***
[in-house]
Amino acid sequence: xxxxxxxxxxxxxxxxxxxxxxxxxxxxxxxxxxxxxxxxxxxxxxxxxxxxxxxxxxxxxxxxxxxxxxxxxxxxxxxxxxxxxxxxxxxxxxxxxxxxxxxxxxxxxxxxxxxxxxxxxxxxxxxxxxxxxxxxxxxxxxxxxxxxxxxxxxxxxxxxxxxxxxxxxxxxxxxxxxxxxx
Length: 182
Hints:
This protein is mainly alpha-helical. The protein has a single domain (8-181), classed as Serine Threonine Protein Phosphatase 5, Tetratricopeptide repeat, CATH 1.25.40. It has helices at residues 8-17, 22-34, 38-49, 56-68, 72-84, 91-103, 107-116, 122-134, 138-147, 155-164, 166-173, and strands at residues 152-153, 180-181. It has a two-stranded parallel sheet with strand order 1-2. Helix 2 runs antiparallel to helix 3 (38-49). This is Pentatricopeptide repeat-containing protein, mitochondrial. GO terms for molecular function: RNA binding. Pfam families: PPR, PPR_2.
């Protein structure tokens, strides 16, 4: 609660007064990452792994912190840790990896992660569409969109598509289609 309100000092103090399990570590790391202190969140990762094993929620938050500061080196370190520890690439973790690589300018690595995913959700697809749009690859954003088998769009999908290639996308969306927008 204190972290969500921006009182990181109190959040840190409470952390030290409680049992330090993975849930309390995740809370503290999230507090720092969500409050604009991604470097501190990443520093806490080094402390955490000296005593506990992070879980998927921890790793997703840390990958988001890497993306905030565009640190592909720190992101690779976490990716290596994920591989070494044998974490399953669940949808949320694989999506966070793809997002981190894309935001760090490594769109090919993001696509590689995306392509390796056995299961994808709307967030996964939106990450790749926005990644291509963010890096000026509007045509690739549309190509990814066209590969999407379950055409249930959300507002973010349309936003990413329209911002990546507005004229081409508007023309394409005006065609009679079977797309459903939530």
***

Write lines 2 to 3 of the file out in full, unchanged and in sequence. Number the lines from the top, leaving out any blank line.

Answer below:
Amino acid sequence: xxxxxxxxxxxxxxxxxxxxxxxxxxxxxxxxxxxxxxxxxxxxxxxxxxxxxxxxxxxxxxxxxxxxxxxxxxxxxxxxxxxxxxxxxxxxxxxxxxxxxxxxxxxxxxxxxxxxxxxxxxxxxxxxxxxxxxxxxxxxxxxxxxxxxxxxxxxxxxxxxxxxxxxxxxxxxxxxxxxxxx
Length: 182